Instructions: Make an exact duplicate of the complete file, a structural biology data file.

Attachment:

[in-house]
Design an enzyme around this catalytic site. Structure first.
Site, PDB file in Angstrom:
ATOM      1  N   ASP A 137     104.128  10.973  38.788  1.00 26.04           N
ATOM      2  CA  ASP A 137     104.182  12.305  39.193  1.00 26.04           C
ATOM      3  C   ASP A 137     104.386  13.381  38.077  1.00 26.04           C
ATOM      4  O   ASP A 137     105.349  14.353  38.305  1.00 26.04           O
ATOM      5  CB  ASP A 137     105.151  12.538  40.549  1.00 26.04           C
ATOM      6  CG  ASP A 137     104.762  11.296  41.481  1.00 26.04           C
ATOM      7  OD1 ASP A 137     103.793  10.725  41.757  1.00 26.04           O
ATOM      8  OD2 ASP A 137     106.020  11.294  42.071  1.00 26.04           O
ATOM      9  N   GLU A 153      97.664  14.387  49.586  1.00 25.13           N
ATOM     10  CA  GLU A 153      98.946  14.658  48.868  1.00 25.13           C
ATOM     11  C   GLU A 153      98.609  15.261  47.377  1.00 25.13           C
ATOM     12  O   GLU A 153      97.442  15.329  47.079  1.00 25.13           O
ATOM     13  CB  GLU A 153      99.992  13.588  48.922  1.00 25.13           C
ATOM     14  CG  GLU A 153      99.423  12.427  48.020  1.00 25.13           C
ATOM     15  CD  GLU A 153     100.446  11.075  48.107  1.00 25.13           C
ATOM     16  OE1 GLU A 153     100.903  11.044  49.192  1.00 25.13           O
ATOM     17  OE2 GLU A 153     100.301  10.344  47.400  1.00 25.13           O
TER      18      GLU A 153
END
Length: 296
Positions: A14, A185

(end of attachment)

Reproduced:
[in-house]
Design an enzyme around this catalytic site. Structure first.
Site, PDB file in Angstrom:
ATOM      1  N   ASP A 137     104.128  10.973  38.788  1.00 26.04           N
ATOM      2  CA  ASP A 137     104.182  12.305  39.193  1.00 26.04           C
ATOM      3  C   ASP A 137     104.386  13.381  38.077  1.00 26.04           C
ATOM      4  O   ASP A 137     105.349  14.353  38.305  1.00 26.04           O
ATOM      5  CB  ASP A 137     105.151  12.538  40.549  1.00 26.04           C
ATOM      6  CG  ASP A 137     104.762  11.296  41.481  1.00 26.04           C
ATOM      7  OD1 ASP A 137     103.793  10.725  41.757  1.00 26.04           O
ATOM      8  OD2 ASP A 137     106.020  11.294  42.071  1.00 26.04           O
ATOM      9  N   GLU A 153      97.664  14.387  49.586  1.00 25.13           N
ATOM     10  CA  GLU A 153      98.946  14.658  48.868  1.00 25.13           C
ATOM     11  C   GLU A 153      98.609  15.261  47.377  1.00 25.13           C
ATOM     12  O   GLU A 153      97.442  15.329  47.079  1.00 25.13           O
ATOM     13  CB  GLU A 153      99.992  13.588  48.922  1.00 25.13           C
ATOM     14  CG  GLU A 153      99.423  12.427  48.020  1.00 25.13           C
ATOM     15  CD  GLU A 153     100.446  11.075  48.107  1.00 25.13           C
ATOM     16  OE1 GLU A 153     100.903  11.044  49.192  1.00 25.13           O
ATOM     17  OE2 GLU A 153     100.301  10.344  47.400  1.00 25.13           O
TER      18      GLU A 153
END
Length: 296
Positions: A14, A185